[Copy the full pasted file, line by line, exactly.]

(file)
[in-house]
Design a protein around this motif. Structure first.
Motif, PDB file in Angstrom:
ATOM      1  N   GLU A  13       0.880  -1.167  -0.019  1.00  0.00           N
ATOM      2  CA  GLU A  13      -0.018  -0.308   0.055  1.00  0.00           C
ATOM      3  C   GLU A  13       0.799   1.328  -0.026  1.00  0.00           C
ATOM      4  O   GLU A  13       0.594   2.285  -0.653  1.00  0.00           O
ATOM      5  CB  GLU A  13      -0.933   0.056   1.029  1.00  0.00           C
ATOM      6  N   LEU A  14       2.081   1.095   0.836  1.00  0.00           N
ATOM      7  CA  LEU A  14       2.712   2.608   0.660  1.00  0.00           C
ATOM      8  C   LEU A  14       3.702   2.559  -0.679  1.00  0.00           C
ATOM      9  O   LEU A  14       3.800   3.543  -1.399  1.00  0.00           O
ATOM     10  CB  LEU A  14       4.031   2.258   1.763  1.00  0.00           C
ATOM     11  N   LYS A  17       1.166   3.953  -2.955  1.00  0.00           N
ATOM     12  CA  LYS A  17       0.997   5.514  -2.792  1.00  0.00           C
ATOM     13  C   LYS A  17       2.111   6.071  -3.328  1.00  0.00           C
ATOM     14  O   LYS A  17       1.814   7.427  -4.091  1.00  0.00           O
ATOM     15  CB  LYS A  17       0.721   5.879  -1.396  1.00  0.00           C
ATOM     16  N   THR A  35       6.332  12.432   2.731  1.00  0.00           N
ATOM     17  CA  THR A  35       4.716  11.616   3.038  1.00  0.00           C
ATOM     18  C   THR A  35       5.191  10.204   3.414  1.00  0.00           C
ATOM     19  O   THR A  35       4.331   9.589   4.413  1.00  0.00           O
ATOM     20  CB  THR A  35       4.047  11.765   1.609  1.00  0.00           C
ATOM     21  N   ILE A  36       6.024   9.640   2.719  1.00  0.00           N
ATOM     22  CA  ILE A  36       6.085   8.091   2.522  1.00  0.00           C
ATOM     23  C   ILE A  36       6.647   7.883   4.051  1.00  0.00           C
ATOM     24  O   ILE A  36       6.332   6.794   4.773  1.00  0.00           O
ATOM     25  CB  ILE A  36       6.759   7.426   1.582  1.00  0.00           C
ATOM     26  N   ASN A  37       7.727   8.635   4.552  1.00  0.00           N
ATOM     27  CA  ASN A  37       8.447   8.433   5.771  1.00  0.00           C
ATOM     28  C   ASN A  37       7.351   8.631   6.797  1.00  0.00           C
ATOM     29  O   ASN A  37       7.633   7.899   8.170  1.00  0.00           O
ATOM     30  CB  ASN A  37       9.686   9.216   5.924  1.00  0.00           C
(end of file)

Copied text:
[in-house]
Design a protein around this motif. Structure first.
Motif, PDB file in Angstrom:
ATOM      1  N   GLU A  13       0.880  -1.167  -0.019  1.00  0.00           N
ATOM      2  CA  GLU A  13      -0.018  -0.308   0.055  1.00  0.00           C
ATOM      3  C   GLU A  13       0.799   1.328  -0.026  1.00  0.00           C
ATOM      4  O   GLU A  13       0.594   2.285  -0.653  1.00  0.00           O
ATOM      5  CB  GLU A  13      -0.933   0.056   1.029  1.00  0.00           C
ATOM      6  N   LEU A  14       2.081   1.095   0.836  1.00  0.00           N
ATOM      7  CA  LEU A  14       2.712   2.608   0.660  1.00  0.00           C
ATOM      8  C   LEU A  14       3.702   2.559  -0.679  1.00  0.00           C
ATOM      9  O   LEU A  14       3.800   3.543  -1.399  1.00  0.00           O
ATOM     10  CB  LEU A  14       4.031   2.258   1.763  1.00  0.00           C
ATOM     11  N   LYS A  17       1.166   3.953  -2.955  1.00  0.00           N
ATOM     12  CA  LYS A  17       0.997   5.514  -2.792  1.00  0.00           C
ATOM     13  C   LYS A  17       2.111   6.071  -3.328  1.00  0.00           C
ATOM     14  O   LYS A  17       1.814   7.427  -4.091  1.00  0.00           O
ATOM     15  CB  LYS A  17       0.721   5.879  -1.396  1.00  0.00           C
ATOM     16  N   THR A  35       6.332  12.432   2.731  1.00  0.00           N
ATOM     17  CA  THR A  35       4.716  11.616   3.038  1.00  0.00           C
ATOM     18  C   THR A  35       5.191  10.204   3.414  1.00  0.00           C
ATOM     19  O   THR A  35       4.331   9.589   4.413  1.00  0.00           O
ATOM     20  CB  THR A  35       4.047  11.765   1.609  1.00  0.00           C
ATOM     21  N   ILE A  36       6.024   9.640   2.719  1.00  0.00           N
ATOM     22  CA  ILE A  36       6.085   8.091   2.522  1.00  0.00           C
ATOM     23  C   ILE A  36       6.647   7.883   4.051  1.00  0.00           C
ATOM     24  O   ILE A  36       6.332   6.794   4.773  1.00  0.00           O
ATOM     25  CB  ILE A  36       6.759   7.426   1.582  1.00  0.00           C
ATOM     26  N   ASN A  37       7.727   8.635   4.552  1.00  0.00           N
ATOM     27  CA  ASN A  37       8.447   8.433   5.771  1.00  0.00           C
ATOM     28  C   ASN A  37       7.351   8.631   6.797  1.00  0.00           C
ATOM     29  O   ASN A  37       7.633   7.899   8.170  1.00  0.00           O
ATOM     30  CB  ASN A  37       9.686   9.216   5.924  1.00  0.00           C